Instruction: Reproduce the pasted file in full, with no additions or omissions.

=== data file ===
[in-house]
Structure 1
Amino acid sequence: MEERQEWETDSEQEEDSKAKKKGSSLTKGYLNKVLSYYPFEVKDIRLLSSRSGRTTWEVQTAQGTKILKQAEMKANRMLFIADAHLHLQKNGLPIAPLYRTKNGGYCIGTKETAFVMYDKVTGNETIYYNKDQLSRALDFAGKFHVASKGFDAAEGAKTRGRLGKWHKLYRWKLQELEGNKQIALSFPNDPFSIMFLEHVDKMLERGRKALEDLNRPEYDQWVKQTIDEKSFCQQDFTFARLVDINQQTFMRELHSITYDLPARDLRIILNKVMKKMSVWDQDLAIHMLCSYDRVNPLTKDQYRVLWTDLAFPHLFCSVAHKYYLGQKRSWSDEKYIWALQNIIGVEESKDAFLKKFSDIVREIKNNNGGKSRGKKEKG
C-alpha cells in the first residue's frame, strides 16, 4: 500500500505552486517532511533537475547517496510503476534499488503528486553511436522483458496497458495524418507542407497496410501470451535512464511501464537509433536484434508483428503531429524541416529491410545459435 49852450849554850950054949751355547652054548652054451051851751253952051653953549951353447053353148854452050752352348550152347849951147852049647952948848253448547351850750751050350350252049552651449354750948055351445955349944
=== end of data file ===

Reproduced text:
[in-house]
Structure 1
Amino acid sequence: MEERQEWETDSEQEEDSKAKKKGSSLTKGYLNKVLSYYPFEVKDIRLLSSRSGRTTWEVQTAQGTKILKQAEMKANRMLFIADAHLHLQKNGLPIAPLYRTKNGGYCIGTKETAFVMYDKVTGNETIYYNKDQLSRALDFAGKFHVASKGFDAAEGAKTRGRLGKWHKLYRWKLQELEGNKQIALSFPNDPFSIMFLEHVDKMLERGRKALEDLNRPEYDQWVKQTIDEKSFCQQDFTFARLVDINQQTFMRELHSITYDLPARDLRIILNKVMKKMSVWDQDLAIHMLCSYDRVNPLTKDQYRVLWTDLAFPHLFCSVAHKYYLGQKRSWSDEKYIWALQNIIGVEESKDAFLKKFSDIVREIKNNNGGKSRGKKEKG
C-alpha cells in the first residue's frame, strides 16, 4: 500500500505552486517532511533537475547517496510503476534499488503528486553511436522483458496497458495524418507542407497496410501470451535512464511501464537509433536484434508483428503531429524541416529491410545459435 49852450849554850950054949751355547652054548652054451051851751253952051653953549951353447053353148854452050752352348550152347849951147852049647952948848253448547351850750751050350350252049552651449354750948055351445955349944